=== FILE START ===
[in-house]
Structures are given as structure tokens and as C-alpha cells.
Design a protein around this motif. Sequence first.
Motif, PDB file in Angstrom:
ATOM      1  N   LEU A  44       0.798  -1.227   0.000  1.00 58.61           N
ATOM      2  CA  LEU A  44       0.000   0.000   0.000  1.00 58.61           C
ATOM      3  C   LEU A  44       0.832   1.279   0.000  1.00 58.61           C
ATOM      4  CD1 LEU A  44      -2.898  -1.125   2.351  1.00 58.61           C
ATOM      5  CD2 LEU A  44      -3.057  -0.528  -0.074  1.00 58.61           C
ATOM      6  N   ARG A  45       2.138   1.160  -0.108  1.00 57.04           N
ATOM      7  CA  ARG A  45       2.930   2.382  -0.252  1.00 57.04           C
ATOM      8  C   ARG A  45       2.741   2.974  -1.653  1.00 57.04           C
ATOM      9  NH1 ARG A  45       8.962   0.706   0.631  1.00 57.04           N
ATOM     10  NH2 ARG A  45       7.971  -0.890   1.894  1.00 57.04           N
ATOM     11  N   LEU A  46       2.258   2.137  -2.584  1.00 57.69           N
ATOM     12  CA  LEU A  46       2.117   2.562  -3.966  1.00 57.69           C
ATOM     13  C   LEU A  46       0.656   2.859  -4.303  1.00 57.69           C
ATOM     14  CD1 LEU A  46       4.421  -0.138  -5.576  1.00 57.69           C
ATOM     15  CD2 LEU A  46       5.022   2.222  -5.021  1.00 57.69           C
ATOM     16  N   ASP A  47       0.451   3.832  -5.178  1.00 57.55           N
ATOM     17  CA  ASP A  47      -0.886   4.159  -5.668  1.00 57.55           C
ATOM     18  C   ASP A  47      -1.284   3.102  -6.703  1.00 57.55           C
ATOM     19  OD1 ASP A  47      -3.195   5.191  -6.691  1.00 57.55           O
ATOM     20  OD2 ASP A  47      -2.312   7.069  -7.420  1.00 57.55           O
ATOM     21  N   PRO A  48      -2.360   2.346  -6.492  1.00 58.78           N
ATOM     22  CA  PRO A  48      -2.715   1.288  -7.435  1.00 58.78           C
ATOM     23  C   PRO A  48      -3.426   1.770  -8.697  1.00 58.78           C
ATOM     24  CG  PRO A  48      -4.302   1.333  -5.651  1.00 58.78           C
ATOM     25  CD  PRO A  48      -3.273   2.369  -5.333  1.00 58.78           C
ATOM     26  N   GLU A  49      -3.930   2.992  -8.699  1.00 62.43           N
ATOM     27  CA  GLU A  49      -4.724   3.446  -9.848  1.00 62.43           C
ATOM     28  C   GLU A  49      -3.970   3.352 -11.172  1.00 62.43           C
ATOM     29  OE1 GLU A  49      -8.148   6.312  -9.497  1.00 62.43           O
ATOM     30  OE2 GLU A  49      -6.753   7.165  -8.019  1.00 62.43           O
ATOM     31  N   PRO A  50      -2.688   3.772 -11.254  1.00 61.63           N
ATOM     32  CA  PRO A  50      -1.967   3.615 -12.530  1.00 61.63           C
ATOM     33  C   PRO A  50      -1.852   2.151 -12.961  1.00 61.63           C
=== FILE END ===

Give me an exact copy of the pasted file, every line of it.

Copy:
[in-house]
Structures are given as structure tokens and as C-alpha cells.
Design a protein around this motif. Sequence first.
Motif, PDB file in Angstrom:
ATOM      1  N   LEU A  44       0.798  -1.227   0.000  1.00 58.61           N
ATOM      2  CA  LEU A  44       0.000   0.000   0.000  1.00 58.61           C
ATOM      3  C   LEU A  44       0.832   1.279   0.000  1.00 58.61           C
ATOM      4  CD1 LEU A  44      -2.898  -1.125   2.351  1.00 58.61           C
ATOM      5  CD2 LEU A  44      -3.057  -0.528  -0.074  1.00 58.61           C
ATOM      6  N   ARG A  45       2.138   1.160  -0.108  1.00 57.04           N
ATOM      7  CA  ARG A  45       2.930   2.382  -0.252  1.00 57.04           C
ATOM      8  C   ARG A  45       2.741   2.974  -1.653  1.00 57.04           C
ATOM      9  NH1 ARG A  45       8.962   0.706   0.631  1.00 57.04           N
ATOM     10  NH2 ARG A  45       7.971  -0.890   1.894  1.00 57.04           N
ATOM     11  N   LEU A  46       2.258   2.137  -2.584  1.00 57.69           N
ATOM     12  CA  LEU A  46       2.117   2.562  -3.966  1.00 57.69           C
ATOM     13  C   LEU A  46       0.656   2.859  -4.303  1.00 57.69           C
ATOM     14  CD1 LEU A  46       4.421  -0.138  -5.576  1.00 57.69           C
ATOM     15  CD2 LEU A  46       5.022   2.222  -5.021  1.00 57.69           C
ATOM     16  N   ASP A  47       0.451   3.832  -5.178  1.00 57.55           N
ATOM     17  CA  ASP A  47      -0.886   4.159  -5.668  1.00 57.55           C
ATOM     18  C   ASP A  47      -1.284   3.102  -6.703  1.00 57.55           C
ATOM     19  OD1 ASP A  47      -3.195   5.191  -6.691  1.00 57.55           O
ATOM     20  OD2 ASP A  47      -2.312   7.069  -7.420  1.00 57.55           O
ATOM     21  N   PRO A  48      -2.360   2.346  -6.492  1.00 58.78           N
ATOM     22  CA  PRO A  48      -2.715   1.288  -7.435  1.00 58.78           C
ATOM     23  C   PRO A  48      -3.426   1.770  -8.697  1.00 58.78           C
ATOM     24  CG  PRO A  48      -4.302   1.333  -5.651  1.00 58.78           C
ATOM     25  CD  PRO A  48      -3.273   2.369  -5.333  1.00 58.78           C
ATOM     26  N   GLU A  49      -3.930   2.992  -8.699  1.00 62.43           N
ATOM     27  CA  GLU A  49      -4.724   3.446  -9.848  1.00 62.43           C
ATOM     28  C   GLU A  49      -3.970   3.352 -11.172  1.00 62.43           C
ATOM     29  OE1 GLU A  49      -8.148   6.312  -9.497  1.00 62.43           O
ATOM     30  OE2 GLU A  49      -6.753   7.165  -8.019  1.00 62.43           O
ATOM     31  N   PRO A  50      -2.688   3.772 -11.254  1.00 61.63           N
ATOM     32  CA  PRO A  50      -1.967   3.615 -12.530  1.00 61.63           C
ATOM     33  C   PRO A  50      -1.852   2.151 -12.961  1.00 61.63           C